HIBBING — Three candidates faced off Thursday for the Hibbing City Councilor at-large seat with a four-year term.
The hour-long Hibbing Chamber of Commerce forum included political newcomers Nick Hill, Justin Fosso and Jason Johnson.
This four-year, at-large seat is new due to the city’s change in form of government. All Hibbing voters will have a say in this race on Nov. 6.
The trio answered a variety of questions regarding broadband, Hibbing Public Utilities (HPU), blight, worker shortages and healthcare, among others.
Hill, City of Hibbing retiree, is a lifelong resident of Hibbing and is running on the platform that the council needs new faces and new ideas. His top priority is to “think of out the box” for ways to expand the job market beyond the concentration of healthcare and mining jobs. He hopes by doing so, youth will start returning to Hibbing after college to work and raise families.
As such, Hill believes the city needs a full-time developer to promote economic growth. He also expressed a focus on tourism and activity creation, like softball tournaments.
“I just want to see this community thrive, like when I was a kid,” said Hill. “It’s not, I hate to say it. I would like to get businesses to move into this area, whatever we can do, because we need people.”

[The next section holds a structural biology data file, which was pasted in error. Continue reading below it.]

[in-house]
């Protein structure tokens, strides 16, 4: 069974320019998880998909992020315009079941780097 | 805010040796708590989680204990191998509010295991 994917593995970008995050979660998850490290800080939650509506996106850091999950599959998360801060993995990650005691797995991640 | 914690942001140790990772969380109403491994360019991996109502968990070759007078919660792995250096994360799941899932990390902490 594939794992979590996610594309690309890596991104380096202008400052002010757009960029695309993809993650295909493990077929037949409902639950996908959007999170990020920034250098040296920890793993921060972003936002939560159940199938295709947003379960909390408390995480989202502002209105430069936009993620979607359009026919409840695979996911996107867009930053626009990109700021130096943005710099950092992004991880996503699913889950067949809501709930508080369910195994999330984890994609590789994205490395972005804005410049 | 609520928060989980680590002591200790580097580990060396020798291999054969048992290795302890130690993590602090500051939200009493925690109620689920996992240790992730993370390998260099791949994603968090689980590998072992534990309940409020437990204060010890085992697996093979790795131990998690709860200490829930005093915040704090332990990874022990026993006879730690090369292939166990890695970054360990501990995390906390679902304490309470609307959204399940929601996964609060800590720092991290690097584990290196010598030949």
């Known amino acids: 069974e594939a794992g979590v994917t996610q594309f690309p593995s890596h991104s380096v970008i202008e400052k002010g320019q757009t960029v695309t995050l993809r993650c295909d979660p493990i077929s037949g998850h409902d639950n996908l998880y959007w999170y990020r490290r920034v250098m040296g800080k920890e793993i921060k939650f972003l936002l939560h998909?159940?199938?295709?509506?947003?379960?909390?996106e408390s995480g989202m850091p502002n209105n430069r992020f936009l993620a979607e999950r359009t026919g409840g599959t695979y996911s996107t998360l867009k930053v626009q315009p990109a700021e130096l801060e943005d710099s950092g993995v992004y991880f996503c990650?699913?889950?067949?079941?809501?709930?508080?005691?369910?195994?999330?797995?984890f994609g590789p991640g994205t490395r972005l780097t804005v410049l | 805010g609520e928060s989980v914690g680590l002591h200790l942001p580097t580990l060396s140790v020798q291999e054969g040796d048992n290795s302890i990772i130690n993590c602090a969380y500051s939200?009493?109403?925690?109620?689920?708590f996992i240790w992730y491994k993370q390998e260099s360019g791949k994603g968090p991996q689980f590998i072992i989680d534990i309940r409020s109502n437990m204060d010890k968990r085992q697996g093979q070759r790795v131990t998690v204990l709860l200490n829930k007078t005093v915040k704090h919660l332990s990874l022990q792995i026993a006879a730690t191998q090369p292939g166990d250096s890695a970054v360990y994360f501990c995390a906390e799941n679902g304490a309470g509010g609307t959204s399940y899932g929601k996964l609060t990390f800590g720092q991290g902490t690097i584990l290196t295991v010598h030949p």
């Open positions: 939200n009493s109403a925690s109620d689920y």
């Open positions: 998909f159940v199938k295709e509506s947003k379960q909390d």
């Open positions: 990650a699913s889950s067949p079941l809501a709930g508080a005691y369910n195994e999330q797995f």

Fosso is employed at Delta Airlines, grew up in Bear River, Minn., and has been a resident of Hibbing since 2005. His focus is to make Hibbing a destination city for new business and leisure activities while simultaneously building on what exists.
Some leisure activities he’d like to see include: ATV trails, an ATV park, an expansion of the bike trail, upgrading the Carey Lake area to a family-focused campground and wifi in Bennett Park.
He also hopes to engage the youth in government via a junior city council.
“If we sell Hibbing as a place you can come and work and 5 minutes later, you can be out on your bicycle, or 5 minutes later, you can be out kayaking after you’re done with work instead of spending 2 hours (commuting) in a car, people are going to look at that and say, that’s where I want to be,” Fosso said. “That’s how you get jobs here. That’s how people will come.”
Johnson owns Johnson Catering and manages the Canteen at the Hibbing Curling Club and the Mesabi Country Club’s Bar Restaurant. His priorities are to keep local money local and to focus on the future of HPU and its ratepayers.
He’d also like to improve parks and recreation areas and foster an increase in commercial and manufacturing development along Highways 169 and 37.
“Being a resident and growing up here, I understand how the city works and has changed over the years,” Johnson stated. “I want to makes sure that it continues to move and grow in the right direction. We’re going to attract new young adults back to the area after college to start families and raise their children here so that our communities keep growing.”